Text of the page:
The Arab kingdoms and sheikhdoms of the Persian Gulf have some of the world’s highest per capita incomes. Their leaders speak passionately about the plight of Syrians, and their state-funded news media cover the Syrian civil war without cease.
Yet as millions of Syrian refugees languish elsewhere in the Middle East and many have risked their lives to reach Europe or died along the way, Gulf nations have agreed to resettle a number of refugees that many find surprisingly low.
As the migration crisis overwhelms Europe and after the well-publicized drowning of a Syrian toddler crystallized Syrian desperation, humanitarian organizations are increasingly accusing the Arab world’s richest nations of not doing enough to help out.
Accenting that criticism are the deep but shadowy roles countries like Qatar and Saudi Arabia have played in bankrolling the war in Syria through their support to the rebels fighting President Bashar al-Assad.
And Gulf citizens – with or without their governments’ knowledge – have funded the rise of Syria’s jihadists, according to U.S. officials.
“Burden sharing has no meaning in the Gulf, and the Saudi, Emirati and Qatari approach has been to sign a check and let everyone else deal with it,” said Sarah Leah Whitson, executive director of Human Rights Watch for its Middle East and North Africa division. “Now everyone else is saying, ‘That’s not fair.’”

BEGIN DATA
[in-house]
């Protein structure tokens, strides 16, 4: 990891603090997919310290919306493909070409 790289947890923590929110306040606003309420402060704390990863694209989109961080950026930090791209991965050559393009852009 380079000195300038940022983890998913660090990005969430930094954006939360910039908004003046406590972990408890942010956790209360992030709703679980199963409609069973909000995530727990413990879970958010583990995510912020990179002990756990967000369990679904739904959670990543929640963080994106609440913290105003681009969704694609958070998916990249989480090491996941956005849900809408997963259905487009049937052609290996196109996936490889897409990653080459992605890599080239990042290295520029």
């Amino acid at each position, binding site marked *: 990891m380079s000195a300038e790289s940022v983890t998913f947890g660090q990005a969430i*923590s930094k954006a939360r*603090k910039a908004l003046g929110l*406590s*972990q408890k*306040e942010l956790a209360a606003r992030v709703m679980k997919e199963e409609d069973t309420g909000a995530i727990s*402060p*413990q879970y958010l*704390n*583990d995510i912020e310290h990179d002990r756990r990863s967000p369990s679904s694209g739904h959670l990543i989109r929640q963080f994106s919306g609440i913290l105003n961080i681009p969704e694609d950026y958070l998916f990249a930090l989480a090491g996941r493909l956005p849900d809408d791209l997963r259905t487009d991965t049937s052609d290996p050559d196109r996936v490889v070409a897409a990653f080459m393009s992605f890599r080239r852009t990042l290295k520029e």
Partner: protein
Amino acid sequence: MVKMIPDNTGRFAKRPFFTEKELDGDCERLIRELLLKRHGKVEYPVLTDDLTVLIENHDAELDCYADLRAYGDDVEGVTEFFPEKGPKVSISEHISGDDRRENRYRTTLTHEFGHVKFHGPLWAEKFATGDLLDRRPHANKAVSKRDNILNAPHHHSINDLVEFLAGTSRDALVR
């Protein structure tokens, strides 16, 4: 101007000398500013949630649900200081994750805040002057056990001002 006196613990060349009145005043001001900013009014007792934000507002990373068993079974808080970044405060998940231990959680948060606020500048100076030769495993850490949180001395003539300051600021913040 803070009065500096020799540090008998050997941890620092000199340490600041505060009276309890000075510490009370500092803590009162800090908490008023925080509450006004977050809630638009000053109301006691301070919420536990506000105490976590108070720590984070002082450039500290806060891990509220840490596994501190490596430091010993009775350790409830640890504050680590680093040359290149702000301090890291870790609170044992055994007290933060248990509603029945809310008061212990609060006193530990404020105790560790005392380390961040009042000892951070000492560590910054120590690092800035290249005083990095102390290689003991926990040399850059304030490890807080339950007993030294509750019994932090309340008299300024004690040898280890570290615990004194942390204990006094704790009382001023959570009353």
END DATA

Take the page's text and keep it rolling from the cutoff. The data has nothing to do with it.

There are, in fact, hundreds of thousands of Syrians in the Gulf, where vast oil wealth and relatively small citizen populations have made the countries prime destinations for workers from poorer Arab countries and elsewhere. While many expatriates are professionals who have built lucrative careers there, most are low-paid laborers who give up their rights to get jobs and can be deported with little notice.
This group now includes many Syrians who have fled the war, although they get none of the protections or financial support that come with legal refugee or asylum status, nor a path to future citizenship – benefits Gulf countries do not grant.
Gulf officials and commentators reject the criticism, however, saying that their countries have generously funded humanitarian aid and that giving Syrians the ability to work is better than leaving them with nothing to do in economically struggling countries and squalid refugee camps.
“If it wasn’t for the Gulf states, you would expect these millions to be in a much more tragic state than they are,” said Abdulkhaleq Abdulla, a political science professor in the United Arab Emirates, which he said has taken in more than 160,000 Syrians in the last three years. “This finger-pointing at the Gulf that they are not doing anything, it is just not true.”
Others bristle at criticism from the United States and the West, whom they accuse of letting the conflict fester for more than four years while Assad’s forces deployed chemical weapons and bombed civilian areas, causing so many people to flee.
“Why is it that there are just questions about the position of the Gulf, but not about who is behind the crisis, who created the crisis?” asked Khalid al-Dakhil, a political science professor at King Saud University in Riyadh, Saudi Arabia.
He agreed that the Gulf could do more, but directed the blame toward Iran and Russia, which have heavily backed Assad and his military while also refusing to resettle Syrian refugees.